Beowulf: Hall Chapter 11

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XI. ALL SLEEP SAVE ONE.

{Hrothgar retires.}

Then Hrothgar departed,       his earl-throng attending him,
Folk-lord of Scyldings,       forth from the building; — 660.
The war-chieftain wished,       then Wealhtheow to look for,
The queen for a bedmate.       To keep away Grendel,

{God has provided a watch for the hall.}

The Glory of Kings,       had given a hall-watch, — 5.
As men heard recounted:       for the king of the Danemen,
He did special service,       gave the giant a watcher:
And the prince of the Geatmen,       implicitly trusted,

{Beowulf is self-confident.}

His warlike strength,       and the Wielder’s protection.

{He prepares for rest.}

His armor of iron,       off him he did then, — 10.
His helmet from his head,       to his henchman committed,
His chased-handled chain-sword,       choicest of weapons, — 670.
And bade him bide,       with his battle-equipments.
The good one then uttered,       words of defiance,
Beowulf Geatman,       ere his bed he upmounted: — 15.

{Beowulf boasts of his ability to cope with Grendel.}

“I hold me no meaner,       in matters of prowess,
In warlike achievements,       than Grendel does himself;
Hence I seek not with sword-edge,       to sooth him to slumber,
Of life to bereave him,       though well I am able.

{We will fight with nature’s weapons only.}

No battle-skill[1.] has he,       that blows he should strike me, — 20.
To shatter my shield,       though sure he is mighty,
In strife and destruction;       but struggling by night we, — 680.
Shall do without edges,       dare he to look for,
Weaponless warfare,       and wise-mooded Father,
The glory apportion,       God ever-holy, — 25.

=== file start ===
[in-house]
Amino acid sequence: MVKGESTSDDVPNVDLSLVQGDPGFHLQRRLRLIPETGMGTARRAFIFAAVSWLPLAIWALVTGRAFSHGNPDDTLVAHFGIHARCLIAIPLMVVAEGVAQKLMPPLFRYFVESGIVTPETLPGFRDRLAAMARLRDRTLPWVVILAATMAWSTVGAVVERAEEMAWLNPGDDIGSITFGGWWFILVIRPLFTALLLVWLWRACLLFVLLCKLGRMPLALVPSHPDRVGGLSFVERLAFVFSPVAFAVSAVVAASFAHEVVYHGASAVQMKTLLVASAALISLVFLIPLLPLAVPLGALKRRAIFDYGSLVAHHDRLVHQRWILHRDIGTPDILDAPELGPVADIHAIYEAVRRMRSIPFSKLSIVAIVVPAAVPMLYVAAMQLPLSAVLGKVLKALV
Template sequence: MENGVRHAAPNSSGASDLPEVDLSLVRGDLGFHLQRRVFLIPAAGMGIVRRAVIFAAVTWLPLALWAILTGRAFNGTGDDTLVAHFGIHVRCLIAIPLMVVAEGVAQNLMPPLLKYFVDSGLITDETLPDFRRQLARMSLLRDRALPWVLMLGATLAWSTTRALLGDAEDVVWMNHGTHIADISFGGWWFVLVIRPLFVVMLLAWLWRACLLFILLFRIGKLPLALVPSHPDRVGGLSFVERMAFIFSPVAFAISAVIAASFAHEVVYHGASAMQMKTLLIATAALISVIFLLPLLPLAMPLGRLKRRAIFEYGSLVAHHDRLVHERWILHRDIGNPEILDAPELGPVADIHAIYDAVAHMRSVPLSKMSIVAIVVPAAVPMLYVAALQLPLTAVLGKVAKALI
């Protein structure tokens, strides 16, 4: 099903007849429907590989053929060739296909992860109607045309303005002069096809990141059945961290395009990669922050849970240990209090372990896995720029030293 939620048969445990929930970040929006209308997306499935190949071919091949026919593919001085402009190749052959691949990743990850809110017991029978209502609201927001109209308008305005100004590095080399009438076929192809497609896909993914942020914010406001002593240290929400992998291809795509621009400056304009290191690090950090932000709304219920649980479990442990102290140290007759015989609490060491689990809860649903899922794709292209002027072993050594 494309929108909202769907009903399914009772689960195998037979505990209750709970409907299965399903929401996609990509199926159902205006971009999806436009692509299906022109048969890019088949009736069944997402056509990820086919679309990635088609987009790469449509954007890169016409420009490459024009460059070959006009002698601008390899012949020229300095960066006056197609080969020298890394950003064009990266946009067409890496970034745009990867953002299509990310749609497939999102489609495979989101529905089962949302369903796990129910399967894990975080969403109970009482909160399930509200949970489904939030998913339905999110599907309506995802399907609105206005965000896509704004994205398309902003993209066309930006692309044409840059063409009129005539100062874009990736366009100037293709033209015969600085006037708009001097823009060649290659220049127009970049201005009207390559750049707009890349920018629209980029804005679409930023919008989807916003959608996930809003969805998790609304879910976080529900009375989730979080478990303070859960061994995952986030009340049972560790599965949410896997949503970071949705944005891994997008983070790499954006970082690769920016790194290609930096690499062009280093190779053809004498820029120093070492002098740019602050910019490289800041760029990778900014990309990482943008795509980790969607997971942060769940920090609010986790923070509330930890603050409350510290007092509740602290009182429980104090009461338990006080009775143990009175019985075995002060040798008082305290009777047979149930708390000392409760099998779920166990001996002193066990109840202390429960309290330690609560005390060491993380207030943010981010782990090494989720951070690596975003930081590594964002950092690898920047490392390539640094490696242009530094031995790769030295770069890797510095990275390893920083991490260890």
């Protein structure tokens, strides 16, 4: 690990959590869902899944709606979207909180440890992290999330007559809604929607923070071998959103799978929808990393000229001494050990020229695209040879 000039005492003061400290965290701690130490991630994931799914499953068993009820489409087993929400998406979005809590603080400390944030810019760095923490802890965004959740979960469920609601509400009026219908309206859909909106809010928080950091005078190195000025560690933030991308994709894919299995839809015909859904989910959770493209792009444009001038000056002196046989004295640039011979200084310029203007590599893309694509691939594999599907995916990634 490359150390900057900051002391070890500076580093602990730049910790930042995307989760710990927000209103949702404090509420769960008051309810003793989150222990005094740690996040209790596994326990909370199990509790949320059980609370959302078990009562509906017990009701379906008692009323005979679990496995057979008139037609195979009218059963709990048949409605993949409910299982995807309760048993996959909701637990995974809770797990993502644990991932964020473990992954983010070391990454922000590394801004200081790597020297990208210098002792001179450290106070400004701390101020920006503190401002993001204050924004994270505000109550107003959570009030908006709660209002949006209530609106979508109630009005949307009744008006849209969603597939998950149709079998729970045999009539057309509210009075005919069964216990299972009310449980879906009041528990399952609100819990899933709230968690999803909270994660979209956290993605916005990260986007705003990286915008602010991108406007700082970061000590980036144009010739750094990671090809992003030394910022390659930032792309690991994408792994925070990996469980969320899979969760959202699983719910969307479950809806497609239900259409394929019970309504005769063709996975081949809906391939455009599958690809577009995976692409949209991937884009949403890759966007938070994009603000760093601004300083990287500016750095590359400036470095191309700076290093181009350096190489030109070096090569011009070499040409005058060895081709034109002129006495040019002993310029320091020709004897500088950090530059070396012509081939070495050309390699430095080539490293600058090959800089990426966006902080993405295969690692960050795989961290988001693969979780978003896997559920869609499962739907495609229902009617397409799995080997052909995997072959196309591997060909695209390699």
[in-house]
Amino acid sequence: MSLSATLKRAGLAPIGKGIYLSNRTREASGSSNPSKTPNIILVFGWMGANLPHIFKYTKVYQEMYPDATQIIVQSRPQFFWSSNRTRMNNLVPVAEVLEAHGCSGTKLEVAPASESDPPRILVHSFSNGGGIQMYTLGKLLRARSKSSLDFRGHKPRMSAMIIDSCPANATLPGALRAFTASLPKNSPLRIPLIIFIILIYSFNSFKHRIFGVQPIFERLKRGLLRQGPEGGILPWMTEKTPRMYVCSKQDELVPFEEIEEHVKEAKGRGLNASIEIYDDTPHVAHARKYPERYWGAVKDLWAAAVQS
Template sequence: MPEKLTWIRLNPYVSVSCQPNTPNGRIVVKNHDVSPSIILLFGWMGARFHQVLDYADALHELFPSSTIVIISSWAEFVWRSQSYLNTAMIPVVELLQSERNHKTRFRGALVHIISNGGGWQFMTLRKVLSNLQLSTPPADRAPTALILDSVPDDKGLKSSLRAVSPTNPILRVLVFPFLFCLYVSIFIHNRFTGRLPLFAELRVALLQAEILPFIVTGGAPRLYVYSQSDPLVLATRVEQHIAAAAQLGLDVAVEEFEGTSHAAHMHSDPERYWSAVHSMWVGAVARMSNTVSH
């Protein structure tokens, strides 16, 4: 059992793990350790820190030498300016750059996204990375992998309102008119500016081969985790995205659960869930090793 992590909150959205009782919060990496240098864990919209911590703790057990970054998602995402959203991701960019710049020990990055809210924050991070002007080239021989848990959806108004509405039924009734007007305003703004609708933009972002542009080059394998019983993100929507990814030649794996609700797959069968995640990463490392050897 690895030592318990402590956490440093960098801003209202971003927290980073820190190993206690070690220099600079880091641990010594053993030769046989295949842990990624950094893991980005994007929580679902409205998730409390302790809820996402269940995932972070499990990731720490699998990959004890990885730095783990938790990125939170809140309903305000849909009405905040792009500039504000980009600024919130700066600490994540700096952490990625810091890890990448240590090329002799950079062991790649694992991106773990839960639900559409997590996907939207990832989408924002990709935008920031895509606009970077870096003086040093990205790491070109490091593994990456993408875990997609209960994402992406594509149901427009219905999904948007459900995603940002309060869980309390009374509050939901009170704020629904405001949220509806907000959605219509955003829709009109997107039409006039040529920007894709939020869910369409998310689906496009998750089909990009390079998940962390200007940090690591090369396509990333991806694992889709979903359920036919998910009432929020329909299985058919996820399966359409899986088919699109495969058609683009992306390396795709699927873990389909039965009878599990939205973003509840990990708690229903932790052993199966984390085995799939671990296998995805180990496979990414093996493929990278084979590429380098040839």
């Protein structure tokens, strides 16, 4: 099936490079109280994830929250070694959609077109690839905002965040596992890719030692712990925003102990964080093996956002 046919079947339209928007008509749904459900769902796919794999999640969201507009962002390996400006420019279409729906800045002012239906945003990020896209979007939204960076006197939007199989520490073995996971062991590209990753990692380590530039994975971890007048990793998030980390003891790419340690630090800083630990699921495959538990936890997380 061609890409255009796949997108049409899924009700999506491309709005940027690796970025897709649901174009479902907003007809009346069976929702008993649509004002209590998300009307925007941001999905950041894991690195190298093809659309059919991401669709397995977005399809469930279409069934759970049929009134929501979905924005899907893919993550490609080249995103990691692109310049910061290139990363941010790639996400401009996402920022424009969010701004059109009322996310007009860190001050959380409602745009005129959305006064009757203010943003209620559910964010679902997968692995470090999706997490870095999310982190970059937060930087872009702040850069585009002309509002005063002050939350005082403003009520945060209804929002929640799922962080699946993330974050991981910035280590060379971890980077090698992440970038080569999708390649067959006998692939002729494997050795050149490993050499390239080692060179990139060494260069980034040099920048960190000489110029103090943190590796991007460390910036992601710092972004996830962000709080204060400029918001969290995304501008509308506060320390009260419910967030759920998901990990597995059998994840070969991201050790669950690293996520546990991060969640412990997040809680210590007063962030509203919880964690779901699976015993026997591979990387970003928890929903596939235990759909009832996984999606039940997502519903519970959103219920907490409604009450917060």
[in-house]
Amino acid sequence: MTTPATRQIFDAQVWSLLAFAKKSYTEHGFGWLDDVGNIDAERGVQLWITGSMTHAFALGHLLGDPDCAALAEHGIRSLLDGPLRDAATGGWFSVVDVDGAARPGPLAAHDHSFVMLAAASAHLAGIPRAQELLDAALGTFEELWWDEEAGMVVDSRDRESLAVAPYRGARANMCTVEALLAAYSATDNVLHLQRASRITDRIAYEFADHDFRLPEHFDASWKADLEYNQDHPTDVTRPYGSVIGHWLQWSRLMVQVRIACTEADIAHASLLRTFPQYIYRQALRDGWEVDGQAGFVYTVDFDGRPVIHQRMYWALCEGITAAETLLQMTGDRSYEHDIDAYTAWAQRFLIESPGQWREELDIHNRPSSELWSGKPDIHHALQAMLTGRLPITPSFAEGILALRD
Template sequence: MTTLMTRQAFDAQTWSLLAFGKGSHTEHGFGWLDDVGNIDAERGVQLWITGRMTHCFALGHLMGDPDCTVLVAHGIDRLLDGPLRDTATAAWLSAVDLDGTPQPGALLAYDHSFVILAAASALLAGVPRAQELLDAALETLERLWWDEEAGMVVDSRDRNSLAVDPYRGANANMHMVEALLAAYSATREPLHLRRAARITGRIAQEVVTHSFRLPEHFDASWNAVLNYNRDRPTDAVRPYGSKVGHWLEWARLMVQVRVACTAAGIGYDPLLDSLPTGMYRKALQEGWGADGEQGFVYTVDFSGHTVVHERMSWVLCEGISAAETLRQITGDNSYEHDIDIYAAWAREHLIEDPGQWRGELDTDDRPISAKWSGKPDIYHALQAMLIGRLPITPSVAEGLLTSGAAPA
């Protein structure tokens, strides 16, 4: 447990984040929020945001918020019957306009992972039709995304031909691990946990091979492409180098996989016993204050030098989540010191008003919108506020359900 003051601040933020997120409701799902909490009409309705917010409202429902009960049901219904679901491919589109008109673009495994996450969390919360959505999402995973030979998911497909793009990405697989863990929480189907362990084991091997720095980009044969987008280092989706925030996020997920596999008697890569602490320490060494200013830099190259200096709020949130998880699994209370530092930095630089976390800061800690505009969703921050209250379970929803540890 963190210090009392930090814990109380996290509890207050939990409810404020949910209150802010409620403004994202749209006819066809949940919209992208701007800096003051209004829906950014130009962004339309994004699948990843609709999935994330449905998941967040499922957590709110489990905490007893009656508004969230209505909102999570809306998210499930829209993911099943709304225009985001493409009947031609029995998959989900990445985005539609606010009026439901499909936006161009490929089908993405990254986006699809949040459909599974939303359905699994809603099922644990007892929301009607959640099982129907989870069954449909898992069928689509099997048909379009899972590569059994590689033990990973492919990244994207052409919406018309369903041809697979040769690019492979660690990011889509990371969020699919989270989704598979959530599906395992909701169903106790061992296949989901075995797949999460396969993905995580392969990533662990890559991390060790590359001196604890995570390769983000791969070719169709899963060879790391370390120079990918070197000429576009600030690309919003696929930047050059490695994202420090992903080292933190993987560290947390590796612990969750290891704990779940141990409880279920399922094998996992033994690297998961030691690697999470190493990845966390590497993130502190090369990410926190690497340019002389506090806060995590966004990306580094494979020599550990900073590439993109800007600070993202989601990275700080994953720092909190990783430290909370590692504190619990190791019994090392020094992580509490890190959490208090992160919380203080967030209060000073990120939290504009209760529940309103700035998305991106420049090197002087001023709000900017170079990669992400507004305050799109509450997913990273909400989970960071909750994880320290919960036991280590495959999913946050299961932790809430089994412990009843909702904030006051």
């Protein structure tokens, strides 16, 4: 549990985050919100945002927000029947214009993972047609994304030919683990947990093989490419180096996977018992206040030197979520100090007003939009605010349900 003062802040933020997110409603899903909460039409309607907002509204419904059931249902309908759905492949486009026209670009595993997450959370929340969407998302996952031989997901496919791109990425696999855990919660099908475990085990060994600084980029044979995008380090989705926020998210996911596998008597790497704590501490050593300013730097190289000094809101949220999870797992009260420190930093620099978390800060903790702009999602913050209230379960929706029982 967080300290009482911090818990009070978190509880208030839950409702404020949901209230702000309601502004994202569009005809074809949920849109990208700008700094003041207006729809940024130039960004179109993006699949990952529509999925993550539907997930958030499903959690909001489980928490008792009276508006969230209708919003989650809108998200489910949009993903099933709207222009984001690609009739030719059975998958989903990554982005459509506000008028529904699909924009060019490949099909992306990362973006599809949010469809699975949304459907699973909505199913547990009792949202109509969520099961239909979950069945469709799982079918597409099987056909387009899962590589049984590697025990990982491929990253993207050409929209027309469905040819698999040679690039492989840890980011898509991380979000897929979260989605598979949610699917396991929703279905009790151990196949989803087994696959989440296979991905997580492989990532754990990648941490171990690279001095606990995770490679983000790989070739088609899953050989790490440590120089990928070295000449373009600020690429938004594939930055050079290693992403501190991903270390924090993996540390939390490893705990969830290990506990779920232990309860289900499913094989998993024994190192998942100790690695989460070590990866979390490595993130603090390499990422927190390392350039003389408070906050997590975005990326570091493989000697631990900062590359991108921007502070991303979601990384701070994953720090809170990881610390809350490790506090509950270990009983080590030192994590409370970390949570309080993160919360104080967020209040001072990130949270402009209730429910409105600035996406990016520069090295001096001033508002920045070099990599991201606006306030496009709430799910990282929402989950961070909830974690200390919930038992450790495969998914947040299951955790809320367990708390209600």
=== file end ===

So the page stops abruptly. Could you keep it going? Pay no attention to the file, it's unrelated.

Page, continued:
{God may decide who shall conquer.}

On which hand soever,       to him seemeth proper.”
Then the brave-mooded hero,       bent to his slumber,
The pillow received,       the cheek of the noble;

{The Geatish warriors lie down.}

And many a martial,       mere-thane attending,
Sank to his slumber.       Seemed it unlikely, — 30.

{They thought it very unlikely that they should ever see their homes again.}

That ever thereafter,       any should hope to,
Be happy at home,       hero-friends visit, — 690.
Or the lordly troop-castle,       where he lived from his childhood;
They had heard how slaughter,       had snatched from the wine-hall,
Had recently ravished,       of the race of the Scyldings, — 35.

{But God raised up a deliverer.}

Too many by far.       But the Lord to them granted,
The weaving of war-speed,       to Wederish heroes,
Aid and comfort,       that every opponent,
By one man’s war-might,       they worsted and vanquished,

{God rules the world.}

By the might of himself;       the truth is established, — 40.
That God Almighty,       hath governed for ages,
Kindreds and nations.       A night very lurid, — 700.

{Grendel comes to Heorot.}

The trav’ler-at-twilight,       came tramping and striding.
The warriors were sleeping,       who should watch the horned-building,

{Only one warrior is awake.}

One only excepted.       ‘Mid earthmen ’twas ‘stablished, — 45.
Th’ implacable foeman,       was powerless to hurl them,
To the land of shadows,       if the Lord were unwilling;
But serving as warder,       in terror to foemen,
He angrily bided,       the issue of battle.[2.]

— NOTES —

[1.] Gr. understood ‘gódra’ as meaning ‘advantages in battle.’ This rendering H.-So. rejects. The latter takes the passage as meaning that Grendel, though mighty and formidable, has no skill in the art of war.
[2.] B. in his masterly articles on Beowulf (P. and B. XII.) rejects the division usually made at this point, ‘Þá.’ (711), usually rendered ‘then,’ he translates ‘when,’ and connects its clause with the foregoing sentence. These changes he makes to reduce the number of ‘cóm’s’ as principal verbs. (Cf. 703, 711, 721.) With all deference to this acute scholar, I must say that it seems to me that the poet is exhausting his resources to bring out clearly the supreme event on which the whole subsequent action turns. First, he (Grendel) came in the wan night; second, he came from the moor; third, he came to the hall. Time, place from which, place to which, are all given.

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